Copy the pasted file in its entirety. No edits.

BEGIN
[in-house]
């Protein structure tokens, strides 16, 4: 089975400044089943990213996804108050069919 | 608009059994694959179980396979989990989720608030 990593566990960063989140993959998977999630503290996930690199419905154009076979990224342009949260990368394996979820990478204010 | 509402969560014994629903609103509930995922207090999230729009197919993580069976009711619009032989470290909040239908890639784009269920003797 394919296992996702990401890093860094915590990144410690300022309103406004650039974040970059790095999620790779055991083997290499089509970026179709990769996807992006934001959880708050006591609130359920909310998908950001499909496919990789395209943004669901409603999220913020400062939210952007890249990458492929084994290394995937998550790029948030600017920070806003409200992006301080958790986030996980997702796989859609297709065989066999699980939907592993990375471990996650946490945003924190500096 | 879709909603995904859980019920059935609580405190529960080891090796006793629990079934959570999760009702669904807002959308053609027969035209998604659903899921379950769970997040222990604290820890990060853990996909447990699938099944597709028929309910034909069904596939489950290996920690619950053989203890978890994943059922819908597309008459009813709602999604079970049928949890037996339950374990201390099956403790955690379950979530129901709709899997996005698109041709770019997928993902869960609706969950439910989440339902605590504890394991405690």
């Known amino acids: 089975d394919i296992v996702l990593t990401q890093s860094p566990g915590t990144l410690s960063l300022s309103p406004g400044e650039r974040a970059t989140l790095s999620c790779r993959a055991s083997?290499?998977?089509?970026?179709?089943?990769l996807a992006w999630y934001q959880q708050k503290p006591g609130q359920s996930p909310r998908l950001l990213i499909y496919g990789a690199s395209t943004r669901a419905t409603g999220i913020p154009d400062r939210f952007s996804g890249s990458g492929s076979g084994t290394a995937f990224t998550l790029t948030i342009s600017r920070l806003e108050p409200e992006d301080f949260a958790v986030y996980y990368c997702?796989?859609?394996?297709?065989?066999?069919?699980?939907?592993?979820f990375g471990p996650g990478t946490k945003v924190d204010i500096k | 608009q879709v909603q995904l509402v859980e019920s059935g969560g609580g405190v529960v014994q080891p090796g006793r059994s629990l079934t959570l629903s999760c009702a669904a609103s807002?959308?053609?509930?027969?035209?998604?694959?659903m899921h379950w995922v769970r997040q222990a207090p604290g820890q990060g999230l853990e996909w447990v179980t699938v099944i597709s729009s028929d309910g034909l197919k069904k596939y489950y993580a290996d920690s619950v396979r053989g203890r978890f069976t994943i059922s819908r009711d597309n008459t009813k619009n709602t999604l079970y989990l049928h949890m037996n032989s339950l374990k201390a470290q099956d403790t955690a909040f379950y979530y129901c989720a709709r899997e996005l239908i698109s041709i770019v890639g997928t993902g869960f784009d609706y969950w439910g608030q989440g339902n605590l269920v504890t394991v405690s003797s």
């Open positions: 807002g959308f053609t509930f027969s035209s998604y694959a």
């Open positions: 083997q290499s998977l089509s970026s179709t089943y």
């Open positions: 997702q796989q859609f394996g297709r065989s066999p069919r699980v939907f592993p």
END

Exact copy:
[in-house]
């Protein structure tokens, strides 16, 4: 089975400044089943990213996804108050069919 | 608009059994694959179980396979989990989720608030 990593566990960063989140993959998977999630503290996930690199419905154009076979990224342009949260990368394996979820990478204010 | 509402969560014994629903609103509930995922207090999230729009197919993580069976009711619009032989470290909040239908890639784009269920003797 394919296992996702990401890093860094915590990144410690300022309103406004650039974040970059790095999620790779055991083997290499089509970026179709990769996807992006934001959880708050006591609130359920909310998908950001499909496919990789395209943004669901409603999220913020400062939210952007890249990458492929084994290394995937998550790029948030600017920070806003409200992006301080958790986030996980997702796989859609297709065989066999699980939907592993990375471990996650946490945003924190500096 | 879709909603995904859980019920059935609580405190529960080891090796006793629990079934959570999760009702669904807002959308053609027969035209998604659903899921379950769970997040222990604290820890990060853990996909447990699938099944597709028929309910034909069904596939489950290996920690619950053989203890978890994943059922819908597309008459009813709602999604079970049928949890037996339950374990201390099956403790955690379950979530129901709709899997996005698109041709770019997928993902869960609706969950439910989440339902605590504890394991405690």
């Known amino acids: 089975d394919i296992v996702l990593t990401q890093s860094p566990g915590t990144l410690s960063l300022s309103p406004g400044e650039r974040a970059t989140l790095s999620c790779r993959a055991s083997?290499?998977?089509?970026?179709?089943?990769l996807a992006w999630y934001q959880q708050k503290p006591g609130q359920s996930p909310r998908l950001l990213i499909y496919g990789a690199s395209t943004r669901a419905t409603g999220i913020p154009d400062r939210f952007s996804g890249s990458g492929s076979g084994t290394a995937f990224t998550l790029t948030i342009s600017r920070l806003e108050p409200e992006d301080f949260a958790v986030y996980y990368c997702?796989?859609?394996?297709?065989?066999?069919?699980?939907?592993?979820f990375g471990p996650g990478t946490k945003v924190d204010i500096k | 608009q879709v909603q995904l509402v859980e019920s059935g969560g609580g405190v529960v014994q080891p090796g006793r059994s629990l079934t959570l629903s999760c009702a669904a609103s807002?959308?053609?509930?027969?035209?998604?694959?659903m899921h379950w995922v769970r997040q222990a207090p604290g820890q990060g999230l853990e996909w447990v179980t699938v099944i597709s729009s028929d309910g034909l197919k069904k596939y489950y993580a290996d920690s619950v396979r053989g203890r978890f069976t994943i059922s819908r009711d597309n008459t009813k619009n709602t999604l079970y989990l049928h949890m037996n032989s339950l374990k201390a470290q099956d403790t955690a909040f379950y979530y129901c989720a709709r899997e996005l239908i698109s041709i770019v890639g997928t993902g869960f784009d609706y969950w439910g608030q989440g339902n605590l269920v504890t394991v405690s003797s």
């Open positions: 807002g959308f053609t509930f027969s035209s998604y694959a």
């Open positions: 083997q290499s998977l089509s970026s179709t089943y």
């Open positions: 997702q796989q859609f394996g297709r065989s066999p069919r699980v939907f592993p």